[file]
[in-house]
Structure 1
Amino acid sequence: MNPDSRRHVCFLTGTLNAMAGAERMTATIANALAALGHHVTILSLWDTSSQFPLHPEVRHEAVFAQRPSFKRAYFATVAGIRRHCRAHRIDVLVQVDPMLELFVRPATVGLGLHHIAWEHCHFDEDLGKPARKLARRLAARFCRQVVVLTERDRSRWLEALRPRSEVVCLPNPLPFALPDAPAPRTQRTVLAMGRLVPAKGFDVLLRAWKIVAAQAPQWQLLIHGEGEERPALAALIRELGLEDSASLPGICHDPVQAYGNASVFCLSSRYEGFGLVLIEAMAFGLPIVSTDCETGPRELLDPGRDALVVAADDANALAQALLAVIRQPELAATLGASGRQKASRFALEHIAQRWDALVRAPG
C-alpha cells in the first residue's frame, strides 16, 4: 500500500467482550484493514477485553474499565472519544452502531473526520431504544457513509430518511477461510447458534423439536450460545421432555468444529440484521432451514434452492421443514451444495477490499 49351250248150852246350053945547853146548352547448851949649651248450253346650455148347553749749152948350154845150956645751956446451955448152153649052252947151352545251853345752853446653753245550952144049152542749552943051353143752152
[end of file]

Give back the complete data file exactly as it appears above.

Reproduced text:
[in-house]
Structure 1
Amino acid sequence: MNPDSRRHVCFLTGTLNAMAGAERMTATIANALAALGHHVTILSLWDTSSQFPLHPEVRHEAVFAQRPSFKRAYFATVAGIRRHCRAHRIDVLVQVDPMLELFVRPATVGLGLHHIAWEHCHFDEDLGKPARKLARRLAARFCRQVVVLTERDRSRWLEALRPRSEVVCLPNPLPFALPDAPAPRTQRTVLAMGRLVPAKGFDVLLRAWKIVAAQAPQWQLLIHGEGEERPALAALIRELGLEDSASLPGICHDPVQAYGNASVFCLSSRYEGFGLVLIEAMAFGLPIVSTDCETGPRELLDPGRDALVVAADDANALAQALLAVIRQPELAATLGASGRQKASRFALEHIAQRWDALVRAPG
C-alpha cells in the first residue's frame, strides 16, 4: 500500500467482550484493514477485553474499565472519544452502531473526520431504544457513509430518511477461510447458534423439536450460545421432555468444529440484521432451514434452492421443514451444495477490499 49351250248150852246350053945547853146548352547448851949649651248450253346650455148347553749749152948350154845150956645751956446451955448152153649052252947151352545251853345752853446653753245550952144049152542749552943051353143752152